STUDY DESIGN: Observational study.
OBJECTIVE: To identify associations between preoperative symptom duration and postoperative patient satisfaction.
SUMMARY OF BACKGROUND DATA: Sciatica due to lumbar disk herniation (LDH) is a cause of disability and reduced quality life. Patients with severe pain and disability or were recovery is unacceptably slow, surgical intervention can be advised. For these patients, evidence-based recommendations on the timing of the surgical intervention needs to be established.
METHODS: All patients who underwent discectomy at a Spine Centre, due to radicular pain from June 2010 to May 2019 were included. Pre- and postoperative data including demographic data, smoking, consumption of pain medication, comorbidity, back and leg-pain, health-related quality of life as measured by EQ-5D, ODI, previous spine surgery, sick leave, and duration of back and leg-pain before surgery were utilized. The patients were divided into four groups based on their self-reported duration of leg-pain before surgery. To minimize baseline differences between the groups, propensity-score matching was employed in a 1:1 fashion, balancing the groups on all reported preoperative factors.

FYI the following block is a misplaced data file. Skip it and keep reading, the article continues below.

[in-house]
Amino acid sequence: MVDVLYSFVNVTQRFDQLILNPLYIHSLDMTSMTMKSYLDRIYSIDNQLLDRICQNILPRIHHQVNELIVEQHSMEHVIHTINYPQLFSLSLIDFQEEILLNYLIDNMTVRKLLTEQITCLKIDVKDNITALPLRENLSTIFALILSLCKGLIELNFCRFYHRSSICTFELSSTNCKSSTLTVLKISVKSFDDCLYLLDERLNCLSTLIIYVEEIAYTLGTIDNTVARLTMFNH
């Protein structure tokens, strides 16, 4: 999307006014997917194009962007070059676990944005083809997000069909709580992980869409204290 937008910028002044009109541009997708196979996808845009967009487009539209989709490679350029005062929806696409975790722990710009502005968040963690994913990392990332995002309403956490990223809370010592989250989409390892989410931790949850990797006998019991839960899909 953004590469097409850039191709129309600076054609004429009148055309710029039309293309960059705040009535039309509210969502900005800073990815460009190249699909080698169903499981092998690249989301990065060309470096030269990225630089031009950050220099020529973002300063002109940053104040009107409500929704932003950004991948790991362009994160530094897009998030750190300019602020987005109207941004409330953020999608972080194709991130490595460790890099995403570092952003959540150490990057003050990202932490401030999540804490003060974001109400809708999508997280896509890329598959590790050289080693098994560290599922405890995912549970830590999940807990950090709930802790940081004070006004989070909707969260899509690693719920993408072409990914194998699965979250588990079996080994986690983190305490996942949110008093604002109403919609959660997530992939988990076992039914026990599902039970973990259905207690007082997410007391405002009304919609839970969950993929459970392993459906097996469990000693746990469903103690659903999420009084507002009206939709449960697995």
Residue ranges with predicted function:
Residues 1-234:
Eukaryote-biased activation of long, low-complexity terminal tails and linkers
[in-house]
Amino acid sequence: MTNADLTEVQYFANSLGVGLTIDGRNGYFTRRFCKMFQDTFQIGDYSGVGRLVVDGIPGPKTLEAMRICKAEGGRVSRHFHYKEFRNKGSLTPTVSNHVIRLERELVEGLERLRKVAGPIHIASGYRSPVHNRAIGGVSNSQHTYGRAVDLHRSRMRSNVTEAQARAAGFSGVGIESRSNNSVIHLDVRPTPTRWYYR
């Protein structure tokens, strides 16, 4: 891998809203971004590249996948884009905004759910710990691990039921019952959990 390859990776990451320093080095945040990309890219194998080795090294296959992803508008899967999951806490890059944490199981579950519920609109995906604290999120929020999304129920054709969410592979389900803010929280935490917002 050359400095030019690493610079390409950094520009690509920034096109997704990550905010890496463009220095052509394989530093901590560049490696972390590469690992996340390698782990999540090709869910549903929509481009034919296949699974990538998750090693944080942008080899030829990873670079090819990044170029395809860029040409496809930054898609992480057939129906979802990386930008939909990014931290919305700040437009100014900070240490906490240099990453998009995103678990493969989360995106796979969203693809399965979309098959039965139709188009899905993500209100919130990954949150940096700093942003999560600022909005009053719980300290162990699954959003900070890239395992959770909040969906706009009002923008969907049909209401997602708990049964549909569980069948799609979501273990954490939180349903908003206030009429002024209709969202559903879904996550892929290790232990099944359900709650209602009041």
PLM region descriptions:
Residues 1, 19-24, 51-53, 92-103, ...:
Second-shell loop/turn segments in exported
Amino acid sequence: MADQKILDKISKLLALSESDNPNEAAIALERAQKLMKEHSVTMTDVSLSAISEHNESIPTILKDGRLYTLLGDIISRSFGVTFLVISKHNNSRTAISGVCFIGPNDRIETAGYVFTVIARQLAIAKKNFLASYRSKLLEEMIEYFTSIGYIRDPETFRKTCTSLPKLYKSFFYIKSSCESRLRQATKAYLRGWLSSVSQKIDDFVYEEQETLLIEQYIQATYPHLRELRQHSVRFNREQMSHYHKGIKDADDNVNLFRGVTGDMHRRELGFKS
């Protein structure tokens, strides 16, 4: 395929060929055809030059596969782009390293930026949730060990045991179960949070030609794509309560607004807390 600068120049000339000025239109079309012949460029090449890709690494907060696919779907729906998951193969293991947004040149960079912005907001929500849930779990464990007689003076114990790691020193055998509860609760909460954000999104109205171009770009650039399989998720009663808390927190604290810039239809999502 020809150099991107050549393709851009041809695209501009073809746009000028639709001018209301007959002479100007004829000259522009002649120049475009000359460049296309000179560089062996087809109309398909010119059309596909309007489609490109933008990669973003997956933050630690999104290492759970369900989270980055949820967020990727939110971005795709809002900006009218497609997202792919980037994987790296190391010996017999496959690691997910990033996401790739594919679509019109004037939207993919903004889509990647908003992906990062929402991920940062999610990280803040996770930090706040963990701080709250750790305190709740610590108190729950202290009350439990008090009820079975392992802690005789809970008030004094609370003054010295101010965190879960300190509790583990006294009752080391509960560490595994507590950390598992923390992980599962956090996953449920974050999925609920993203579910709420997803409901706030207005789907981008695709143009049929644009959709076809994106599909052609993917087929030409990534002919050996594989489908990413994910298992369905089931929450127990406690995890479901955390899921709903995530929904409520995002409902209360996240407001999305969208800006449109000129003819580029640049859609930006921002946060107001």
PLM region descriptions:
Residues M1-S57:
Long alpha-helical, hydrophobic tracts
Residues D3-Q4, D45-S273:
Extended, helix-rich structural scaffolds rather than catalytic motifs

RESULTS: Of 1607 patients undergoing lumbar discectomy, four matched cohorts based on their self-reported duration of leg-pain before surgery were created. Each cohort consisted of 150 patients well balanced on preoperative factors. Overall 62.7% of the patients were satisfied with the surgical result ranging from 74.0% in the <3 months group to 48.7% in the >24 months group ( P <0.000). The portion of patients achieving a minimum clinically important difference for EQ-5D decreased from 77.4% with early intervention to 55.6% in the late group ( P <0.000). The number of surgical complications were not affected by the duration of preoperative leg-pain.
CONCLUSION: We found significant difference in patient satisfaction and health-related quality of life in patients related to the duration of preoperative leg-pain due to symptomatic LDH.
LEVEL OF EVIDENCE: 3.
Bibliographical noteCopyright © 2023 The Author(s). Published by Wolters Kluwer Health, Inc.
- Back Pain/surgery
- Diskectomy/adverse effects
- Intervertebral Disc Displacement/complications
- Lumbar Vertebrae/surgery
- Patient Satisfaction
- Quality of Life
- Treatment Outcome
- lumbar disk herniation
- patient satisfaction
- postoperative complications
- propensity match